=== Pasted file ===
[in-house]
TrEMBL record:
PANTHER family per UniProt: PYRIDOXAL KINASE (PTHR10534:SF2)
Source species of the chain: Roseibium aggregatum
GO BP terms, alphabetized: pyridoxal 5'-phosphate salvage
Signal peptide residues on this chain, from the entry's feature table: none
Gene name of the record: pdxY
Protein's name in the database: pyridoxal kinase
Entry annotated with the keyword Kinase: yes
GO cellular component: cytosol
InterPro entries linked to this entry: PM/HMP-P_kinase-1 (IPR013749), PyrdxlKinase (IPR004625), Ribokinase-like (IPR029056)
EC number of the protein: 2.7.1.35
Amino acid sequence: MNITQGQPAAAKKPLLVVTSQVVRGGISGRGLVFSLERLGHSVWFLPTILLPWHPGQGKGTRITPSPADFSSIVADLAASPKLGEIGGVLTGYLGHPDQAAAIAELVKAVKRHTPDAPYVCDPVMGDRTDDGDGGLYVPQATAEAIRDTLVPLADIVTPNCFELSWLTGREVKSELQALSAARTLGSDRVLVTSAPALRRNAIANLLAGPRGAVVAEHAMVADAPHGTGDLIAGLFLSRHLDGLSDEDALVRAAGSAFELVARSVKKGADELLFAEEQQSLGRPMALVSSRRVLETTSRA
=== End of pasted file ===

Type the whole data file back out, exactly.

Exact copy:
[in-house]
TrEMBL record:
PANTHER family per UniProt: PYRIDOXAL KINASE (PTHR10534:SF2)
Source species of the chain: Roseibium aggregatum
GO BP terms, alphabetized: pyridoxal 5'-phosphate salvage
Signal peptide residues on this chain, from the entry's feature table: none
Gene name of the record: pdxY
Protein's name in the database: pyridoxal kinase
Entry annotated with the keyword Kinase: yes
GO cellular component: cytosol
InterPro entries linked to this entry: PM/HMP-P_kinase-1 (IPR013749), PyrdxlKinase (IPR004625), Ribokinase-like (IPR029056)
EC number of the protein: 2.7.1.35
Amino acid sequence: MNITQGQPAAAKKPLLVVTSQVVRGGISGRGLVFSLERLGHSVWFLPTILLPWHPGQGKGTRITPSPADFSSIVADLAASPKLGEIGGVLTGYLGHPDQAAAIAELVKAVKRHTPDAPYVCDPVMGDRTDDGDGGLYVPQATAEAIRDTLVPLADIVTPNCFELSWLTGREVKSELQALSAARTLGSDRVLVTSAPALRRNAIANLLAGPRGAVVAEHAMVADAPHGTGDLIAGLFLSRHLDGLSDEDALVRAAGSAFELVARSVKKGADELLFAEEQQSLGRPMALVSSRRVLETTSRA